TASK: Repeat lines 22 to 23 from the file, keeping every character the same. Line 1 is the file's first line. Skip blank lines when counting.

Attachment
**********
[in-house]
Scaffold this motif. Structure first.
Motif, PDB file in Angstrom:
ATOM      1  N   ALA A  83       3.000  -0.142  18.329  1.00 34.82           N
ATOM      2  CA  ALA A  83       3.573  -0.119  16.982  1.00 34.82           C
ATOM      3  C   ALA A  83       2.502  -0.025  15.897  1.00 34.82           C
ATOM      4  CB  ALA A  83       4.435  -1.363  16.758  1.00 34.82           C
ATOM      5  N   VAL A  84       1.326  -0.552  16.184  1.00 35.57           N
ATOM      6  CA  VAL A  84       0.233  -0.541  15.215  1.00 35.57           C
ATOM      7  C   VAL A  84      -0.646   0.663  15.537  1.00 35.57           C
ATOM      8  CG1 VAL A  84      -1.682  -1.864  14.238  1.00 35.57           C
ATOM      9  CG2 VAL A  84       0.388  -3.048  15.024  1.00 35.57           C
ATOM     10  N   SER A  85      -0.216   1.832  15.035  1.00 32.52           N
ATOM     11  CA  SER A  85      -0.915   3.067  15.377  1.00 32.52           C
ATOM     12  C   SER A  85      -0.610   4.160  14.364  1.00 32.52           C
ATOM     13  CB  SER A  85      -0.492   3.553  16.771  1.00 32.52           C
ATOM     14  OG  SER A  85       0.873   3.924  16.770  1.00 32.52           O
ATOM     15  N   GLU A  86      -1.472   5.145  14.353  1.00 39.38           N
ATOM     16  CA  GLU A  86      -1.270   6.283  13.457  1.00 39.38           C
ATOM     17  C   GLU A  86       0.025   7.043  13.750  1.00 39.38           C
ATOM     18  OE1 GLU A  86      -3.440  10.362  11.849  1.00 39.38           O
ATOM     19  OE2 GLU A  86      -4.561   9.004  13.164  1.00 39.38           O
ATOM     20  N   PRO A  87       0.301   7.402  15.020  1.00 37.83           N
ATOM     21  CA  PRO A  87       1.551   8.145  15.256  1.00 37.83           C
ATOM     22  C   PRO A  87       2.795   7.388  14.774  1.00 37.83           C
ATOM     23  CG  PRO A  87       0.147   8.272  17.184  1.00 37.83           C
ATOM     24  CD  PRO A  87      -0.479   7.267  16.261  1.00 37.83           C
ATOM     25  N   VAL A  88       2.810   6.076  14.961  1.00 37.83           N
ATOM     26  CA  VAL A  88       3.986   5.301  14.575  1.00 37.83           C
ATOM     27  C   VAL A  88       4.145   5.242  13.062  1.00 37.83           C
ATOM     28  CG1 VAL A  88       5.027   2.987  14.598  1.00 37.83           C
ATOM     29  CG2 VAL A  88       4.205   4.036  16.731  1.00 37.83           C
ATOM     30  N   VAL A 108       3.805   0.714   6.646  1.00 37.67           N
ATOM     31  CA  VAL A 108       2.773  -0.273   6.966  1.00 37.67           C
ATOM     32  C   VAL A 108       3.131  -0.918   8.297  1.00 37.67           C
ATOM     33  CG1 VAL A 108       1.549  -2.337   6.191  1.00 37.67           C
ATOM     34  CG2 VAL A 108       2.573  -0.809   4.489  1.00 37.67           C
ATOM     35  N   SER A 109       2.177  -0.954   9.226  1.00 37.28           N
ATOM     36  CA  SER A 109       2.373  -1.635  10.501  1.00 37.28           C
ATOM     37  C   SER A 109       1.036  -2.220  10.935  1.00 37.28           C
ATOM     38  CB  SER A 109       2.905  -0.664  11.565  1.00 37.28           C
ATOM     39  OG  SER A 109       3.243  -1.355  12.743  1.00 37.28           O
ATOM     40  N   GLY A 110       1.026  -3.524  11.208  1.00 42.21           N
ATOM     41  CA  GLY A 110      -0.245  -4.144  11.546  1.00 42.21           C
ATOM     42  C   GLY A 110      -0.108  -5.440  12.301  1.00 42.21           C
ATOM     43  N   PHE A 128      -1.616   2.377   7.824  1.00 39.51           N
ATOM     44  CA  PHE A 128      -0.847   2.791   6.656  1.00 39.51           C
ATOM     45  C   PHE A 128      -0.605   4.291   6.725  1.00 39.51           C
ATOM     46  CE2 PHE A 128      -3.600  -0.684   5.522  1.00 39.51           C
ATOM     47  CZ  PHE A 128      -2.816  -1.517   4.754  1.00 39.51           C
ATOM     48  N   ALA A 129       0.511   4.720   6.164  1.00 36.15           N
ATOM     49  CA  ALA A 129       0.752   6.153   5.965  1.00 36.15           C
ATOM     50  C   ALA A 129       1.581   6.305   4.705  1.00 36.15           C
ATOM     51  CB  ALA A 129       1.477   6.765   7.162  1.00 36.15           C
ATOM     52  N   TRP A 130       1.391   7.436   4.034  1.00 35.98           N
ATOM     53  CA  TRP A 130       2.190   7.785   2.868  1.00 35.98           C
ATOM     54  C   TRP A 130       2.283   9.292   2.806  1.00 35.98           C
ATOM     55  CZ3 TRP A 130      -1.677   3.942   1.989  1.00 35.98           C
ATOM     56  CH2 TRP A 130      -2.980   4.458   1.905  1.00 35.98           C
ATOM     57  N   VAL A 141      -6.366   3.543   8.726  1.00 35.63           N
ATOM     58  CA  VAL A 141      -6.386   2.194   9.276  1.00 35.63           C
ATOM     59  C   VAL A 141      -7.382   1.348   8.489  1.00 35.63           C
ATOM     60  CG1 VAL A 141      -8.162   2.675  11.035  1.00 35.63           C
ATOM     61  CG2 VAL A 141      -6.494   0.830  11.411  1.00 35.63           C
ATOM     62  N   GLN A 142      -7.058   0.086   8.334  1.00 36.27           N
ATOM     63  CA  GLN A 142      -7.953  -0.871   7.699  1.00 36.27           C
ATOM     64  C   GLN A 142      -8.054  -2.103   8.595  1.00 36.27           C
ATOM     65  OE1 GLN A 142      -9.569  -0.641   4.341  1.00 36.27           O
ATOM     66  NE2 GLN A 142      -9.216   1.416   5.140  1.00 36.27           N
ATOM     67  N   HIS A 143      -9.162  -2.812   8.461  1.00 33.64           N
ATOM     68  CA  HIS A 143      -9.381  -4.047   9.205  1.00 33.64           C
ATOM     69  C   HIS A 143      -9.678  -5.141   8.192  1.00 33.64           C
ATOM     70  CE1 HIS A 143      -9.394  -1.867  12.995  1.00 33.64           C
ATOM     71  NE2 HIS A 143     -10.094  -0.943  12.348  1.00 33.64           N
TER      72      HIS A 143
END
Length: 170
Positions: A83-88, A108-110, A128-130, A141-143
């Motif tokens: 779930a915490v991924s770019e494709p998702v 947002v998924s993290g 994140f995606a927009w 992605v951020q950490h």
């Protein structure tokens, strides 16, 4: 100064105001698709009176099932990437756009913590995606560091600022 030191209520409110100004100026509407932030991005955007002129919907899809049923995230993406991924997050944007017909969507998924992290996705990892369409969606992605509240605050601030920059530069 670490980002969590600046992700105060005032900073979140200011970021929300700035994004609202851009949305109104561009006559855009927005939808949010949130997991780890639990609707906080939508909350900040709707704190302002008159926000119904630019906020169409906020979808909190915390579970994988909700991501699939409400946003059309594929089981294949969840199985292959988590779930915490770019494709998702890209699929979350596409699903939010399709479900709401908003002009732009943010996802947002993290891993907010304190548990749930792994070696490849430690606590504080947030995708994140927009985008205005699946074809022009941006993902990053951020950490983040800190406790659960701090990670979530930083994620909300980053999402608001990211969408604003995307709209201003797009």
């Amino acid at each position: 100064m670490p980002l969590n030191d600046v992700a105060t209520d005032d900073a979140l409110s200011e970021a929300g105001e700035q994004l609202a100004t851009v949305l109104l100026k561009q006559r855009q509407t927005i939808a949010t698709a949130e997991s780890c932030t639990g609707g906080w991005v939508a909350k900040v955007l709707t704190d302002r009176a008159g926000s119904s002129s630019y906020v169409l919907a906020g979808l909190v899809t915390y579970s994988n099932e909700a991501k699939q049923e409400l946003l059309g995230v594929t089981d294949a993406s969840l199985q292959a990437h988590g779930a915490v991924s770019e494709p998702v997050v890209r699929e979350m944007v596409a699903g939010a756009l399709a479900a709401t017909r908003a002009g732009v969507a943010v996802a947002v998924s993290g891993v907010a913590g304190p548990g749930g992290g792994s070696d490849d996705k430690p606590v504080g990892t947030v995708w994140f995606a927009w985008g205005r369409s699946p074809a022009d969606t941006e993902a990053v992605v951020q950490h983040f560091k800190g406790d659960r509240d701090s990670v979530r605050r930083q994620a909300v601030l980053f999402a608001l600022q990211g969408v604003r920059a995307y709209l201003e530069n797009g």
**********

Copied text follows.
ATOM     19  OE2 GLU A  86      -4.561   9.004  13.164  1.00 39.38           O
ATOM     20  N   PRO A  87       0.301   7.402  15.020  1.00 37.83           N